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Miller-Uibo Shatters Her National Record In 200m

Shaunae Miller-Uibo on her way to winning the women's 200m (Ennio Leanza/Keystone via AP)

Shaunae Miller-Uibo on her way to winning the women's 200m (Ennio Leanza/Keystone via AP)

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Shaunae Miller-Uibo reacts after winning the women's 200m race, during the Weltklasse IAAF Diamond League international athletics meeting in the stadium Letzigrund in Zurich, Switzerland, Thursday. (Jean-Christophe Bott/Keystone via AP)

By BRENT STUBBS

Senior Sports Reporter

bstubbs@tribunemedia.net

Shaunae Miller-Uibo was in a class all by herself as she shattered the Bahamian national record, the Diamond League record and a personal best in running a world-leading time of 21.74 seconds to win the women’s 200m final at the International Amateur Athletic Federation’s Diamond League.

“Oh my gosh. It is a blessing. This is my last run before the World Championships,” said Miller-Uibo, who provided a sneak preview of what to expect in Doha, Qatar, September 27 to October 6.

“My coach did a great job. I am in great shape. It is just a blessing. I am very happy about it. I am very excited.”

Great Britain’s Dina Asher-Smith, who came off the curve with a slight lead, eventually trailed Miller-Uibo for second place in a season’s best of 22.08.

Thompson, the Olympic champion, had to settle for third in 22.44. Dafne Schippers from the Netherlands was fourth in 22.44.

In winning her third straight and fourth title, Miller-Uibo’s time is now posted tied as the 11th fastest All-Time on the outdoor list with Great Britain’s Marlies Gohr in 1984; Silke Moller in 1987 and Jamaica’s Veronica Campbell-Brown in 2008.

The list is headed by American Florence Griffith-Joyner with her world record-breaking time of 21.34 in 1988.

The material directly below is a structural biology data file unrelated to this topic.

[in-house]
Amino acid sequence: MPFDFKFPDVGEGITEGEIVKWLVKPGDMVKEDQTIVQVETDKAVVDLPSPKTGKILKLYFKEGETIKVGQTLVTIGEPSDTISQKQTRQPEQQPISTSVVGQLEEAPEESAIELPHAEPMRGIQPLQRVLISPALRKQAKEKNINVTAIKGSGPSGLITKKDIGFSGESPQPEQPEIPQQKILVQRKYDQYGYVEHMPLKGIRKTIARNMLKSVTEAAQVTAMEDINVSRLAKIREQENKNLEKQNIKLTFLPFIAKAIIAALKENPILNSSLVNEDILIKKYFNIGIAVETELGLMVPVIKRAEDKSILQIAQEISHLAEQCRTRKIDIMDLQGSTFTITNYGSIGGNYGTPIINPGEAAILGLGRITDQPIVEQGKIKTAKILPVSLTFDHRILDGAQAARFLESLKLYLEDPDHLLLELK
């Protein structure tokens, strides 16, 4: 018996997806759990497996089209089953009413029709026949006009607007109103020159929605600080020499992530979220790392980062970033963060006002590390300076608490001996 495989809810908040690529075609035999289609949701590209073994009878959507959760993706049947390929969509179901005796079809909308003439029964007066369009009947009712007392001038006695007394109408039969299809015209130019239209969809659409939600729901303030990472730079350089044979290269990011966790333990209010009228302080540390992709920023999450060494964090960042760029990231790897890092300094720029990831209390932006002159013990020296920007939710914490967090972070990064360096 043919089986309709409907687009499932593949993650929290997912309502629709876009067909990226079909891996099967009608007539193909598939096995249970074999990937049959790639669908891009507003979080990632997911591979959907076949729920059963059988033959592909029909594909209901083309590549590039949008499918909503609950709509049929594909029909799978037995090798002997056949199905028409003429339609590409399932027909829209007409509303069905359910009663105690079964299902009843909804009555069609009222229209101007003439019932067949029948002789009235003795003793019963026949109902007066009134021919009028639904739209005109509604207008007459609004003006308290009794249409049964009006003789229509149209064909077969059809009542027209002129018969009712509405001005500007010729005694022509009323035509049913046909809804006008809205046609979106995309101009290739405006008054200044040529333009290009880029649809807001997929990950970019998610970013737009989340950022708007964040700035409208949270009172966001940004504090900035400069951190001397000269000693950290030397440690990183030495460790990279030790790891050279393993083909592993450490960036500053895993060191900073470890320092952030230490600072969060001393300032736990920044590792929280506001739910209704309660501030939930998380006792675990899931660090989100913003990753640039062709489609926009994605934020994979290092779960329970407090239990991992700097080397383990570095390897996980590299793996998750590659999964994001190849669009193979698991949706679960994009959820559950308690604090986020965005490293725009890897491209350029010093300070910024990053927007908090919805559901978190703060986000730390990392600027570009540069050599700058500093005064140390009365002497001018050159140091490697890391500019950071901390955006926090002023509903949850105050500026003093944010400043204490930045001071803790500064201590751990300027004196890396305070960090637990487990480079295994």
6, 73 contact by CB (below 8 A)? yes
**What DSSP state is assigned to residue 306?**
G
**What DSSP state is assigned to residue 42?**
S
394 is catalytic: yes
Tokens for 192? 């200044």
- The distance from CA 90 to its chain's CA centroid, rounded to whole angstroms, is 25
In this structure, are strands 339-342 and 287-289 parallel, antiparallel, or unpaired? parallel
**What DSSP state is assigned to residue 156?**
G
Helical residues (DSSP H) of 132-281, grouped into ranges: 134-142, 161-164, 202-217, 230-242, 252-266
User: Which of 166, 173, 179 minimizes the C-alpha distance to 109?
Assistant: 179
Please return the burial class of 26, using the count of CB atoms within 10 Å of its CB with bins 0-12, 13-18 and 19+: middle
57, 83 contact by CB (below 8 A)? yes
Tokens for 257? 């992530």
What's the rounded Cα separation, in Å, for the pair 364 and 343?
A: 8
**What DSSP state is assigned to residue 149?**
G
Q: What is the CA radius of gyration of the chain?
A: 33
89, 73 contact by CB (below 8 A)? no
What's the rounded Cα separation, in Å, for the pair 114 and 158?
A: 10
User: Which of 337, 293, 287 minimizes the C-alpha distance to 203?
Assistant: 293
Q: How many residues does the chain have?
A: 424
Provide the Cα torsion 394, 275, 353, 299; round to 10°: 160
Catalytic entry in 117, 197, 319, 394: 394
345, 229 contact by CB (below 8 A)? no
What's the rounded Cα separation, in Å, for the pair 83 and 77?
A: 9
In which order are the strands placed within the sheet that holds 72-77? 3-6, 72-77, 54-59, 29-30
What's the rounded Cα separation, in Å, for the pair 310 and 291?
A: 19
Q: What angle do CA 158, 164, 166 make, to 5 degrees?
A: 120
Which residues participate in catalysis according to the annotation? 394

Miller-Uibo, 25, also lowered her national record of 21.88 that she established last year in winning the title at the same meet in the Stadium Letzigrund at the Weltklasse Zurich in Zurich, Switzerland.

And she erased the Diamond League record of 21.77 that was set by American Tori Bowie in 2017 and surpassed the world-leading time of 22.00 posted by Jamaican Olympic champion Elaine Thompson on June 23 at the Jamaican Nationals in Kingston, Jamaica.

“This is my second PB (personal best) in Zurich. I guess it is a good track for me,” she said.

Miller-Uibo, who earned a $50,000 payday for her performance, was the only Bahamian competing in this year’s Diamond League Final, which enabled competitors to accumulate points in 12 meets from Doha on May 3 to Paris, France on Saturday.

It was the first of two finals with the last one scheduled for Brussels, Belgium, at the AG Memorial Van Damme on September 6.

Miller-Uibo, 25, now switches her attention to the World Championships where she reconfirmed that “at the World Championships, I will run the 400m, not the 200m.”

At the last World Championships in London, England in 2017, Miller-Uibo attempted the rare 200/400m double for women. She held a significant lead heading down the home stretch, only to suffer a freak collapse in the final 50m for fourth place. She came back and secured the bronze in the 200m.

Since those championships, Miller-Uibo has racked up a 25-race victory, covering the 200 and 400m as well as the 300m where she clinched a world’s best time of 36.41. In the 400m, Miller-Uibo currently has the world-leading time of 49.05 she ran on April 27 in Gainsville, Florida. She is followed by Salwa Eid Naser from Bahrain, who ran 49.17 in Pontaise, Lausanne, Switzerland, on July 5.

Prior to Miller-Uibo’s victory, Naser took the women’s 400m title in Zurich in 50.24 over American Shakima Wimbley, who did 51.21.

“I’m happy with the result today. Good ambient and nice track,” Naser said. “The race was very hard for me and the training this last week was a bit tough, but I did good today and I’m just amazed and feeling good.

“Now I get back to the training and get ready for Doha.”

In Doha, the heats for the women’s 400m is scheduled for Monday, September 30 with the semi-finals on Tuesday, October 1 and the final on Thursday, October 3. The 200m final is set for Wednesday, October 2.

Miller-Uibo has requested for the IAAF to amend the schedule for the 2020 Olympic Games, set for July 31 to August 9 so she will pursue another 200/400m quest.

In its present form for Toyko, Japan, there is a few days’ rest between the two events with the women’s 200m final on Tuesday, August 4 and the women’s 400m final on Friday, August 7.

Stay tuned.

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